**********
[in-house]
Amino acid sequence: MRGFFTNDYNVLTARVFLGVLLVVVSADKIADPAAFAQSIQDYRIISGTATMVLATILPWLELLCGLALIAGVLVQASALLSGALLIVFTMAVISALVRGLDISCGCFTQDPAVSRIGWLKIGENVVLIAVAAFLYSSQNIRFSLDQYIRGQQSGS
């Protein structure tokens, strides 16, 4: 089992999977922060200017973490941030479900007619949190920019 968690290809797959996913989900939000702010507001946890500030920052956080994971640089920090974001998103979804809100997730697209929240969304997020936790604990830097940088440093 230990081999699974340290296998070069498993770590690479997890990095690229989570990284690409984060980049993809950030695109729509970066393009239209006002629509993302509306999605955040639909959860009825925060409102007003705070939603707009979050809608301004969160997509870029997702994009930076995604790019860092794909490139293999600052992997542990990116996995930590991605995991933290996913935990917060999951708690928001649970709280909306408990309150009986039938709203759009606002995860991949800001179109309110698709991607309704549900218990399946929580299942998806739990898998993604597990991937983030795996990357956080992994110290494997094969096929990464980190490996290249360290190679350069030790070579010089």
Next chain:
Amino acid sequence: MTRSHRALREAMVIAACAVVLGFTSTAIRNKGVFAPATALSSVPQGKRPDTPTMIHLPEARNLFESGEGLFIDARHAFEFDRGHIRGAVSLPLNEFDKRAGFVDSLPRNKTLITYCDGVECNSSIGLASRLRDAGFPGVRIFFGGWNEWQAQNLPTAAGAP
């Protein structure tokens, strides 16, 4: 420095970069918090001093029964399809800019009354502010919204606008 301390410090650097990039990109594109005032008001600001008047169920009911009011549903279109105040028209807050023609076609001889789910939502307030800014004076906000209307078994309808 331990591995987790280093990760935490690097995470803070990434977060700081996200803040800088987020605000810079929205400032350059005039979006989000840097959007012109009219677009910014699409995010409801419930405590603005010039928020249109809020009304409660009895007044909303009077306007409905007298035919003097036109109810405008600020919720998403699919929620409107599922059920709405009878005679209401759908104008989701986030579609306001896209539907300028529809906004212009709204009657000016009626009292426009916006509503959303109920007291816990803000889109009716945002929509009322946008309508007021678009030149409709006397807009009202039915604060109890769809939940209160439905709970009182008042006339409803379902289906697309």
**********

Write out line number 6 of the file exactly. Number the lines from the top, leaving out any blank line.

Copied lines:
């Protein structure tokens, strides 16, 4: 420095970069918090001093029964399809800019009354502010919204606008 301390410090650097990039990109594109005032008001600001008047169920009911009011549903279109105040028209807050023609076609001889789910939502307030800014004076906000209307078994309808 331990591995987790280093990760935490690097995470803070990434977060700081996200803040800088987020605000810079929205400032350059005039979006989000840097959007012109009219677009910014699409995010409801419930405590603005010039928020249109809020009304409660009895007044909303009077306007409905007298035919003097036109109810405008600020919720998403699919929620409107599922059920709405009878005679209401759908104008989701986030579609306001896209539907300028529809906004212009709204009657000016009626009292426009916006509503959303109920007291816990803000889109009716945002929509009322946008309508007021678009030149409709006397807009009202039915604060109890769809939940209160439905709970009182008042006339409803379902289906697309």